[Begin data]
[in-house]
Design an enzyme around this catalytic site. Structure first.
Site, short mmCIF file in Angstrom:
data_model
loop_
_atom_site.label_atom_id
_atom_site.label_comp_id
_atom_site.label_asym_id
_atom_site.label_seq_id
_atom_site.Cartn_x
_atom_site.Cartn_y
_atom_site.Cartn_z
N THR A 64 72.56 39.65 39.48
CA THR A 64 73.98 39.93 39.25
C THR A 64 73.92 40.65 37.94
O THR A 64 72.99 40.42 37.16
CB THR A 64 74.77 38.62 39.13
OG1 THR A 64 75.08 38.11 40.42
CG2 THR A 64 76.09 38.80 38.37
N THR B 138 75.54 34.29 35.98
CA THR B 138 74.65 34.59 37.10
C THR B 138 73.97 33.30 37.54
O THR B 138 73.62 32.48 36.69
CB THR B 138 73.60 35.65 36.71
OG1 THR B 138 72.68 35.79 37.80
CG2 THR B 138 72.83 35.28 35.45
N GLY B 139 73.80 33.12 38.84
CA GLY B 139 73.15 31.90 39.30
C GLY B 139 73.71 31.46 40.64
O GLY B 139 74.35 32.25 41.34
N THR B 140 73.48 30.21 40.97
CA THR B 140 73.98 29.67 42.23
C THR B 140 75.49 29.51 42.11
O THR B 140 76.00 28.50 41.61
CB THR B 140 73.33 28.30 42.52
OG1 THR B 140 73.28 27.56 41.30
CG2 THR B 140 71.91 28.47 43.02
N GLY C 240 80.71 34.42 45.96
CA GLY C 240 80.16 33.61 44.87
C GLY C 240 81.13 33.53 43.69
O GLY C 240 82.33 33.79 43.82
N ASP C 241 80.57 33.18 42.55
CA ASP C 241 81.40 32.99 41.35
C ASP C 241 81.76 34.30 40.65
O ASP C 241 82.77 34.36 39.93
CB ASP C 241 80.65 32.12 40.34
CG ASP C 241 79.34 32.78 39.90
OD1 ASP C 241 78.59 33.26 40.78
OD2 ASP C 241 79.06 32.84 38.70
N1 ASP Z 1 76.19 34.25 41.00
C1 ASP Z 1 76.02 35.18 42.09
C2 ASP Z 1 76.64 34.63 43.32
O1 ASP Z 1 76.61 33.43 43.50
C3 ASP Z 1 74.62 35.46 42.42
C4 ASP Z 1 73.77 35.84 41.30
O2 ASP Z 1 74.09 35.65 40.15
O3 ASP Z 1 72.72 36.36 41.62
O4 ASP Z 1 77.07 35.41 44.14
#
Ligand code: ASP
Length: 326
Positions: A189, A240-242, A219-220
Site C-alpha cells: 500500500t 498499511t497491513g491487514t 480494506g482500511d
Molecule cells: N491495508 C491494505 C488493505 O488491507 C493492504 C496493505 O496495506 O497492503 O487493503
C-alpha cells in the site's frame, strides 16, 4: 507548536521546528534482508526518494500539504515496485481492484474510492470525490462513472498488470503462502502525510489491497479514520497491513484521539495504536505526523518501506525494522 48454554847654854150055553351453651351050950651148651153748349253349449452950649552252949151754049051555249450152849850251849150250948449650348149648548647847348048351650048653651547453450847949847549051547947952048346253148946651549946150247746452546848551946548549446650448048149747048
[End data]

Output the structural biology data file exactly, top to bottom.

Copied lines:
[in-house]
Design an enzyme around this catalytic site. Structure first.
Site, short mmCIF file in Angstrom:
data_model
loop_
_atom_site.label_atom_id
_atom_site.label_comp_id
_atom_site.label_asym_id
_atom_site.label_seq_id
_atom_site.Cartn_x
_atom_site.Cartn_y
_atom_site.Cartn_z
N THR A 64 72.56 39.65 39.48
CA THR A 64 73.98 39.93 39.25
C THR A 64 73.92 40.65 37.94
O THR A 64 72.99 40.42 37.16
CB THR A 64 74.77 38.62 39.13
OG1 THR A 64 75.08 38.11 40.42
CG2 THR A 64 76.09 38.80 38.37
N THR B 138 75.54 34.29 35.98
CA THR B 138 74.65 34.59 37.10
C THR B 138 73.97 33.30 37.54
O THR B 138 73.62 32.48 36.69
CB THR B 138 73.60 35.65 36.71
OG1 THR B 138 72.68 35.79 37.80
CG2 THR B 138 72.83 35.28 35.45
N GLY B 139 73.80 33.12 38.84
CA GLY B 139 73.15 31.90 39.30
C GLY B 139 73.71 31.46 40.64
O GLY B 139 74.35 32.25 41.34
N THR B 140 73.48 30.21 40.97
CA THR B 140 73.98 29.67 42.23
C THR B 140 75.49 29.51 42.11
O THR B 140 76.00 28.50 41.61
CB THR B 140 73.33 28.30 42.52
OG1 THR B 140 73.28 27.56 41.30
CG2 THR B 140 71.91 28.47 43.02
N GLY C 240 80.71 34.42 45.96
CA GLY C 240 80.16 33.61 44.87
C GLY C 240 81.13 33.53 43.69
O GLY C 240 82.33 33.79 43.82
N ASP C 241 80.57 33.18 42.55
CA ASP C 241 81.40 32.99 41.35
C ASP C 241 81.76 34.30 40.65
O ASP C 241 82.77 34.36 39.93
CB ASP C 241 80.65 32.12 40.34
CG ASP C 241 79.34 32.78 39.90
OD1 ASP C 241 78.59 33.26 40.78
OD2 ASP C 241 79.06 32.84 38.70
N1 ASP Z 1 76.19 34.25 41.00
C1 ASP Z 1 76.02 35.18 42.09
C2 ASP Z 1 76.64 34.63 43.32
O1 ASP Z 1 76.61 33.43 43.50
C3 ASP Z 1 74.62 35.46 42.42
C4 ASP Z 1 73.77 35.84 41.30
O2 ASP Z 1 74.09 35.65 40.15
O3 ASP Z 1 72.72 36.36 41.62
O4 ASP Z 1 77.07 35.41 44.14
#
Ligand code: ASP
Length: 326
Positions: A189, A240-242, A219-220
Site C-alpha cells: 500500500t 498499511t497491513g491487514t 480494506g482500511d
Molecule cells: N491495508 C491494505 C488493505 O488491507 C493492504 C496493505 O496495506 O497492503 O487493503
C-alpha cells in the site's frame, strides 16, 4: 507548536521546528534482508526518494500539504515496485481492484474510492470525490462513472498488470503462502502525510489491497479514520497491513484521539495504536505526523518501506525494522 48454554847654854150055553351453651351050950651148651153748349253349449452950649552252949151754049051555249450152849850251849150250948449650348149648548647847348048351650048653651547453450847949847549051547947952048346253148946651549946150247746452546848551946548549446650448048149747048